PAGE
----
• I did one more pass, wrecking anything that looked like it might be _rototype for the next generation or notes that would help them reconstruc_he units I’d smashed.
  • I had no illusions about Debra’s preparedness—she’d have something offsit_hat she could get up and running in a few days. I wasn’t doing anythin_ermanent, I was just buying myself a day or two.
  • I made my way clean out of the Park without being spotted, and sloshed my wa_nto my runabout, shoes leaking water from the moat.
  • For the first time in weeks, I slept like a baby.
  • Of course, I got caught. I don’t really have the temperament for Machiavellia_henanigans, and I left a trail a mile wide, from the muddy footprints in th_ontemporary’s lobby to the wrecking bar thoughtlessly left behind, with m_owl and the storage units from the Hall, forgotten on the back seat of m_unabout.
  • I whistled my personal jazzy uptempo version of “Grim Grinning Ghosts” as _ade my way from Costuming, through the utilidor, out to Liberty Square, hal_n hour before the Park opened.
  • Standing in front of me were Lil and Debra. Debra was holding my cowl an_recking bar. Lil held the storage units.
  • I hadn’t put on my transdermals that morning, and so the emotion I felt wa_nmuffled, loud and yammering.
  • I ran.
  • I ran past them, along the road to Adventureland, past the Tiki Room where I’_een killed, past the Adventureland gate where I’d waded through the moat, down Main Street. I ran and ran, elbowing early guests, trampling flowers, knocking over an apple cart across from the Penny Arcade.
  • I ran until I reached the main gate, and turned, thinking I’d outrun Lil an_ebra and all my problems. I’d thought wrong. They were both there, a ste_ehind me, puffing and red. Debra held my wrecking bar like a weapon, and sh_randished it at me.
  • “You’re a goddamn idiot, you know that?” she said. I think if we’d been alone, she would’ve swung it at me.
  • “Can’t take it when someone else plays rough, huh, Debra?” I sneered.
  • Lil shook her head disgustedly. “She’s right, you are an idiot. The ad-hoc’_eeting in Adventureland. You’re coming.”
  • “Why?” I asked, feeling belligerent. “You going to honor me for all my har_ork?”
  • “We’re going to talk about the future, Julius, what’s left of it for us.”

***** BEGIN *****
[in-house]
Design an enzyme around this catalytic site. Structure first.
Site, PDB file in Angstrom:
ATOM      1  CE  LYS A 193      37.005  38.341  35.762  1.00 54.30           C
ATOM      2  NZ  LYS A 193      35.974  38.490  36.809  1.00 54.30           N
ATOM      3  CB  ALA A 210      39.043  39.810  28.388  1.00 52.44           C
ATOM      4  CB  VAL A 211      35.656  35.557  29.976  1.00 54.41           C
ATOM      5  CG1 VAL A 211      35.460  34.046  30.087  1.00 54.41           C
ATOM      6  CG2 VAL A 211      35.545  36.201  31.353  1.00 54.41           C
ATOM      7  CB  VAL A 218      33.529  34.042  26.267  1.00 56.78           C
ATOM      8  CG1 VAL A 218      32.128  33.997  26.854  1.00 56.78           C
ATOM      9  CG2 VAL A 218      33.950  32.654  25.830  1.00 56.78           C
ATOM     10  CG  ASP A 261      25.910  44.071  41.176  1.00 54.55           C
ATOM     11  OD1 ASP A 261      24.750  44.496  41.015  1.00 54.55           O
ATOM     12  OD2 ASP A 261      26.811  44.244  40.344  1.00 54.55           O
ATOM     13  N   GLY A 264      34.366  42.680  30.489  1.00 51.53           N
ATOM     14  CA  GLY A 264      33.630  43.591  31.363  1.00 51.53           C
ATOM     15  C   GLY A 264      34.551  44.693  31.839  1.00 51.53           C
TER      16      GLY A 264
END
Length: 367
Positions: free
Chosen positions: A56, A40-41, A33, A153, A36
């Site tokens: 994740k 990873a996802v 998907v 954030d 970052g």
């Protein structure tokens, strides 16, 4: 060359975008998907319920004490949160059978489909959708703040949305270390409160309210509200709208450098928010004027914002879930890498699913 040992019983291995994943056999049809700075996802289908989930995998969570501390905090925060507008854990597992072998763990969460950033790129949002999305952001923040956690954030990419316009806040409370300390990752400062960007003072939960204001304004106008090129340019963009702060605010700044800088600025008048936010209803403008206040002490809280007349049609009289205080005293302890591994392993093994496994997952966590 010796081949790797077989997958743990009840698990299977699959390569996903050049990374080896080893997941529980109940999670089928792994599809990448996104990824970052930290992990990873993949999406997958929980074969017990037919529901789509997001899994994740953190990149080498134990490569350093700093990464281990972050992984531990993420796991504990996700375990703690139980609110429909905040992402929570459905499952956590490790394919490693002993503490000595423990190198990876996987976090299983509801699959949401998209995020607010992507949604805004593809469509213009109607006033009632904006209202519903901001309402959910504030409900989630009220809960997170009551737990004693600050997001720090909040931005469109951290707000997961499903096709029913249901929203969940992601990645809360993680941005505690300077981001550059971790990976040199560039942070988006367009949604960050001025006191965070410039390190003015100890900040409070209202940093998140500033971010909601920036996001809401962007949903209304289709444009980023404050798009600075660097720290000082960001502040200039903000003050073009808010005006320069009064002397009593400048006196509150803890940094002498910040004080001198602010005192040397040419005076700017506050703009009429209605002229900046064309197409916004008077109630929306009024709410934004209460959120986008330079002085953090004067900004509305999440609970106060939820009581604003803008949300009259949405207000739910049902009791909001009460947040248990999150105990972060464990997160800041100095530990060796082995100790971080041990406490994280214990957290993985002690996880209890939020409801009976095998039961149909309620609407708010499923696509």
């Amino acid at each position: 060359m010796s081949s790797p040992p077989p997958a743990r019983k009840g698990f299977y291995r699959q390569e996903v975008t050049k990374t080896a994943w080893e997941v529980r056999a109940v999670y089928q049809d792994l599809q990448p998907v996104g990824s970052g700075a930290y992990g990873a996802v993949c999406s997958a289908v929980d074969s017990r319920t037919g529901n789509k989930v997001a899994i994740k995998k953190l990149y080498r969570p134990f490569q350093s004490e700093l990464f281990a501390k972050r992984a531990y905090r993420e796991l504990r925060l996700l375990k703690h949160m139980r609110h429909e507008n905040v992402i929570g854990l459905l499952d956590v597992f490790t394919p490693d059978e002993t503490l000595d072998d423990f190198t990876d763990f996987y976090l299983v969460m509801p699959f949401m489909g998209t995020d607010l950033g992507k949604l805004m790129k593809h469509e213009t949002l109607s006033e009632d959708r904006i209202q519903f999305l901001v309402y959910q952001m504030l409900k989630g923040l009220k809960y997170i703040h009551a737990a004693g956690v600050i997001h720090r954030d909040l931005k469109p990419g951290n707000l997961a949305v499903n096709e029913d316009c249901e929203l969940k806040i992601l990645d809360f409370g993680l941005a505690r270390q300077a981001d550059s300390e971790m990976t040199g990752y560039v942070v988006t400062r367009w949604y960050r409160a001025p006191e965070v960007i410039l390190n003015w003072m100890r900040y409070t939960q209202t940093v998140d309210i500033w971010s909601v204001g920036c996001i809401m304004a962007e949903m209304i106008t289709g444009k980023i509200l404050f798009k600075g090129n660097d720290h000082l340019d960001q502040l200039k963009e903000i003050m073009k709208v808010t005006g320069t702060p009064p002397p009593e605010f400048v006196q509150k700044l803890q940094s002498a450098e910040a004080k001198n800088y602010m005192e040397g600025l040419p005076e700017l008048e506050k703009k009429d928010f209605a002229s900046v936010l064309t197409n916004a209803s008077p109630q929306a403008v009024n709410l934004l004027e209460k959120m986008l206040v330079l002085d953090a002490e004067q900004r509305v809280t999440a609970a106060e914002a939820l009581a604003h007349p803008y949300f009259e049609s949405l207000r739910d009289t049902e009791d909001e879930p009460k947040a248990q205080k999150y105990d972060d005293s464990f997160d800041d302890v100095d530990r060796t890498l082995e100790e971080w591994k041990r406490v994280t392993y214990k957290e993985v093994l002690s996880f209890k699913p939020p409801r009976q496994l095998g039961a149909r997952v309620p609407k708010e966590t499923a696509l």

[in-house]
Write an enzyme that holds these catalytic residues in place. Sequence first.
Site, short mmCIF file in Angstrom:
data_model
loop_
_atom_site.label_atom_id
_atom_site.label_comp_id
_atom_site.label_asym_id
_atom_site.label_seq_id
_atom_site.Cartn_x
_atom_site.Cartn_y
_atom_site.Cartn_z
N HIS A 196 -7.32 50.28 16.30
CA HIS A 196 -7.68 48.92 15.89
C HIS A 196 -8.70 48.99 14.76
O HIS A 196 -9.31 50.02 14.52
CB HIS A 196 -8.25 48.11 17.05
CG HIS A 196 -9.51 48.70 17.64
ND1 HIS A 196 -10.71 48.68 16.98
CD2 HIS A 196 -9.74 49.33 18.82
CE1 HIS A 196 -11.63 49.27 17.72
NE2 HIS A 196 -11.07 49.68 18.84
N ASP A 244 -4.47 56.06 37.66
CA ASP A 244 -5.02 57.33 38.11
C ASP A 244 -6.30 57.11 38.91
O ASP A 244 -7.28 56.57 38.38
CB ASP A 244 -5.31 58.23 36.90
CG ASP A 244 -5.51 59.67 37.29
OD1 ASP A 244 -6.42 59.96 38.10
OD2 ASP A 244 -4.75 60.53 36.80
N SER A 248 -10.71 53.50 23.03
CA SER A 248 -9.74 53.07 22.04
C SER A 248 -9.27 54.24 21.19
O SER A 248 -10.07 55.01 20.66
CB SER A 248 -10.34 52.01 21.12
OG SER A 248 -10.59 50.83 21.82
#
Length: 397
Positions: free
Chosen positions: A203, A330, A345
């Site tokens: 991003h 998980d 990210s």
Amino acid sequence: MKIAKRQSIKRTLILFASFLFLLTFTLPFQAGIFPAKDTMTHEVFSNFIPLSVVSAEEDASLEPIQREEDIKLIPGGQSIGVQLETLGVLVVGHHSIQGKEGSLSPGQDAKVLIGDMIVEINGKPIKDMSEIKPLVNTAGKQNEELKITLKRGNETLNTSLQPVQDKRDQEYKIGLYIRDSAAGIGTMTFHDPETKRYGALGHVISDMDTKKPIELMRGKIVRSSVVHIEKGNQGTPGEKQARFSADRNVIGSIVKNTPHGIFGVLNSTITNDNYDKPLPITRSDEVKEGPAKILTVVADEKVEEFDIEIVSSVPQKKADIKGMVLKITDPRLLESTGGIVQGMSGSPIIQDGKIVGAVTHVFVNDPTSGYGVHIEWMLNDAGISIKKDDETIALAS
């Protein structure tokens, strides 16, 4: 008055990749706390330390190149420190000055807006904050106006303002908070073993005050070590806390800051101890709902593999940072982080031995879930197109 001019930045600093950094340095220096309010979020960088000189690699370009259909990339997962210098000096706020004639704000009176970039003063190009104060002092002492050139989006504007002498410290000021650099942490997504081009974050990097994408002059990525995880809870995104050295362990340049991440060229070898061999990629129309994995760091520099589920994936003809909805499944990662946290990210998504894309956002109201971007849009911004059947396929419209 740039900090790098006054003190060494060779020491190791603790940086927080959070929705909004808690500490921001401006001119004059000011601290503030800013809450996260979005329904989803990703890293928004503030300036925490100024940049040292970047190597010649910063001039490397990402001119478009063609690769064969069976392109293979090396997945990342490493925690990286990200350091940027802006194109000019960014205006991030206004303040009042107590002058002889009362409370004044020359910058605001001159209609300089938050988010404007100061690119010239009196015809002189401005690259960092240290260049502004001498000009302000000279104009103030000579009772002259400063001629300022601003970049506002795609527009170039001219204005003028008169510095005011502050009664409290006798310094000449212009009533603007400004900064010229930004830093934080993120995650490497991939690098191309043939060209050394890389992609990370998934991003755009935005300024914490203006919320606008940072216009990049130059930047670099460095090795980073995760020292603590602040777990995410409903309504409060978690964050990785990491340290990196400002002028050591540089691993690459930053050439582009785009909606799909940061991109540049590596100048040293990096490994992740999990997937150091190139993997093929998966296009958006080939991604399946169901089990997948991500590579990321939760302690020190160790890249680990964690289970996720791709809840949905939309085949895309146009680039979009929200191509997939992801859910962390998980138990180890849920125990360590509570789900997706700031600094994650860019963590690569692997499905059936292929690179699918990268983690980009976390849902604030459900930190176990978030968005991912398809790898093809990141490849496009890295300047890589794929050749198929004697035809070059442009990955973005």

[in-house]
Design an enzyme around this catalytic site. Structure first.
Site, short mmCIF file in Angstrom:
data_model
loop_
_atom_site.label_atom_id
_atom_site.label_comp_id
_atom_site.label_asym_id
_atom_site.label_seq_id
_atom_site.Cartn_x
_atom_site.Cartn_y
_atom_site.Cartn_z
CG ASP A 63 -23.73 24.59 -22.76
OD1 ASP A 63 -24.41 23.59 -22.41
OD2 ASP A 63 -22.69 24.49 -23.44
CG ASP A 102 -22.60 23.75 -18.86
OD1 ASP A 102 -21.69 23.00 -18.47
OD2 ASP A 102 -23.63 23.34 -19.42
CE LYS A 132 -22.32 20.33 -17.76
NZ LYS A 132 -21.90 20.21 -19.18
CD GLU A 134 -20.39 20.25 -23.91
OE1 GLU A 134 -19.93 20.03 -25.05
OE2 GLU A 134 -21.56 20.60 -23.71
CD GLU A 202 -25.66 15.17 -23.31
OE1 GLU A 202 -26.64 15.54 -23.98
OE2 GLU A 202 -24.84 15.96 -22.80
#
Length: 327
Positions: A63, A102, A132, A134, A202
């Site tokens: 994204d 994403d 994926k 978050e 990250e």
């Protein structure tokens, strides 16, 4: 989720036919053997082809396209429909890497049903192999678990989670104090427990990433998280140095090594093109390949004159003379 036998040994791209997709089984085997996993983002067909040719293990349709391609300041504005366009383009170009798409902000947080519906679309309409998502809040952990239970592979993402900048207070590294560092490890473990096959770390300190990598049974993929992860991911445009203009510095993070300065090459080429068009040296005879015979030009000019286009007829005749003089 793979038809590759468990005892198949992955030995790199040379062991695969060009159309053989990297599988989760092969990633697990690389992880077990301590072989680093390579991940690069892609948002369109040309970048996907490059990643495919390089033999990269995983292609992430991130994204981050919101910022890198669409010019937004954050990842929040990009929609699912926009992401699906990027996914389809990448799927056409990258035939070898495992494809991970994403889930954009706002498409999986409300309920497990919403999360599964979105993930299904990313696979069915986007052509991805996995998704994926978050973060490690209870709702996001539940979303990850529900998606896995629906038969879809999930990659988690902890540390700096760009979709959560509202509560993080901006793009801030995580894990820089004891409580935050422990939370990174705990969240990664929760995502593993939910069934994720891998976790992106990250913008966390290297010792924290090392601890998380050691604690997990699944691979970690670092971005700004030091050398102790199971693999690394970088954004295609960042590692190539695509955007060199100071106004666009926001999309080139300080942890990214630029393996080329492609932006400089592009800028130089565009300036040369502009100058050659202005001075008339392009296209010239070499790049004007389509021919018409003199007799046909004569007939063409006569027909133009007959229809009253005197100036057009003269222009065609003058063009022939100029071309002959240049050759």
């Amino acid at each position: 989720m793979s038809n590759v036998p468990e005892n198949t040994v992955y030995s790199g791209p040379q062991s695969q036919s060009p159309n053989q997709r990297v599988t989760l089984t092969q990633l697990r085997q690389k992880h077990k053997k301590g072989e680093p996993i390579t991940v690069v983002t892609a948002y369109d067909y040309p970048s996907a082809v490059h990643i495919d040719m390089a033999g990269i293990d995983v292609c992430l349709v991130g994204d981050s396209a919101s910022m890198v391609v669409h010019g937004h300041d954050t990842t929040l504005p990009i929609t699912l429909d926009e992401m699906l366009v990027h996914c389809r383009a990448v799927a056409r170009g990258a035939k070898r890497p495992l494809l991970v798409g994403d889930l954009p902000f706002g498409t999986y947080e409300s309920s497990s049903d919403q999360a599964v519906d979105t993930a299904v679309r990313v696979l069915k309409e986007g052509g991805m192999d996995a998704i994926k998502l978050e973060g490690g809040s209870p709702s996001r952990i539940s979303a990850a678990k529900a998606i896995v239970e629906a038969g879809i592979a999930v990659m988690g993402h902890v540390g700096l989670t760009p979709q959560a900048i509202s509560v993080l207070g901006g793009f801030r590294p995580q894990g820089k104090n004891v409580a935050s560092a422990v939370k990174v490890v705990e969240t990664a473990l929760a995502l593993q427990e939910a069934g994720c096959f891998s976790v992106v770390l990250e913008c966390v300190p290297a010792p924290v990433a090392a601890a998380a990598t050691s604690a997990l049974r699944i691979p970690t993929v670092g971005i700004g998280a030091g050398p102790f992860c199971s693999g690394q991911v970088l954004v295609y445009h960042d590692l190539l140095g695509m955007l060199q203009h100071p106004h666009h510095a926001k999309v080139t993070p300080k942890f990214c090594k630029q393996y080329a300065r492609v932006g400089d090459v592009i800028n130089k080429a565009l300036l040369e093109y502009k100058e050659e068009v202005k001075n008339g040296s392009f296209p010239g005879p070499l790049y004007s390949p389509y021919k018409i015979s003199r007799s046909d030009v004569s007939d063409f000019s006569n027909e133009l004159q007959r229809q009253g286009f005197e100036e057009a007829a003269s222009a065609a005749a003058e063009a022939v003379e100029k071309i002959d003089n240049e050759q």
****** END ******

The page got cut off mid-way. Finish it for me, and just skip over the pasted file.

• “For God’s sake, Lil, can’t you see what’s going on? They killed me! They di_t, and now we’re fighting each other instead of her! Why can’t you see ho_rong that is?”
  • “You’d better watch those accusations, Julius,” Debra said, quietly an_ntensely, almost hissing. “I don’t know who killed you or why, but you’re th_ne who’s guilty here. You need help.”
  • I barked a humorless laugh. Guests were starting to stream into the now-ope_ark, and several of them were watching intently as the three costume_astmembers shouted at each other. I could feel my Whuffie hemorrhaging.
  • “Debra, you are purely full of shit, and your work is trite and unimaginative.
  • You’re a fucking despoiler and you don’t even have the guts to admit it.”
  • “That’s enough, Julius,” Lil said, her face hard, her rage barely in check.
  • “We’re going.”
  • Debra walked a pace behind me, Lil a pace before, all the way through th_rowd to Adventureland. I saw a dozen opportunities to slip into a gap in th_uman ebb and flow and escape custody, but I didn’t try. I wanted a chance t_ell the whole world what I’d done and why I’d done it.
  • Debra followed us in when we mounted the steps to the meeting room. Li_urned. “I don’t think you should be here, Debra,” she said in measured tones.
  • Debra shook her head. “You can’t keep me out, you know. And you shouldn’t wan_o. We’re on the same side.”
  • I snorted derisively, and I think it decided Lil. “Come on, then,” she said.
  • It was SRO in the meeting room, packed to the gills with the entire ad-hoc, except for my new recruits. No work was being done on the rehab, then, and th_iberty Belle would be sitting at her dock. Even the restaurant crews wer_here. Liberty Square must’ve been a ghost town. It gave the meeting a sens_f urgency: the knowledge that there were guests in Liberty Square wanderin_imlessly, looking for castmembers to help them out. Of course, Debra’s cre_ight’ve been around.
  • The crowd’s faces were hard and bitter, leaving no doubt in my mind that I wa_n deep shit. Even Dan, sitting in the front row, looked angry. I nearl_tarted crying right then. Dan—oh, Dan. My pal, my confidant, my patsy, m_ival, my nemesis. Dan, Dan, Dan. I wanted to beat him to death and hug him a_he same time.
  • Lil took the podium and tucked stray hairs behind her ears. “All right, then,” she said. I stood to her left and Debra stood to her right.
  • “Thanks for coming out today. I’d like to get this done quickly. We all hav_mportant work to get to. I’ll run down the facts: last night, a member o_his ad-hoc vandalized the Hall of Presidents, rendering it useless. It’_stimated that it will take at least a week to get it back up and running.
  • “I don’t have to tell you that this isn’t acceptable. This has never happene_efore, and it will never happen again. We’re going to see to that.
  • “I’d like to propose that no further work be done on the Mansion until th_all of Presidents is fully operational. I will be volunteering my services o_he repairs.”
  • There were nods in the audience. Lil wouldn’t be the only one working at th_all that week. “Disney World isn’t a competition,” Lil said. “All th_ifferent ad-hocs work together, and we do it to make the Park as good as w_an. We lose sight of that at our peril.”
  • I nearly gagged on bile. “I’d like to say something,” I said, as calmly as _ould manage.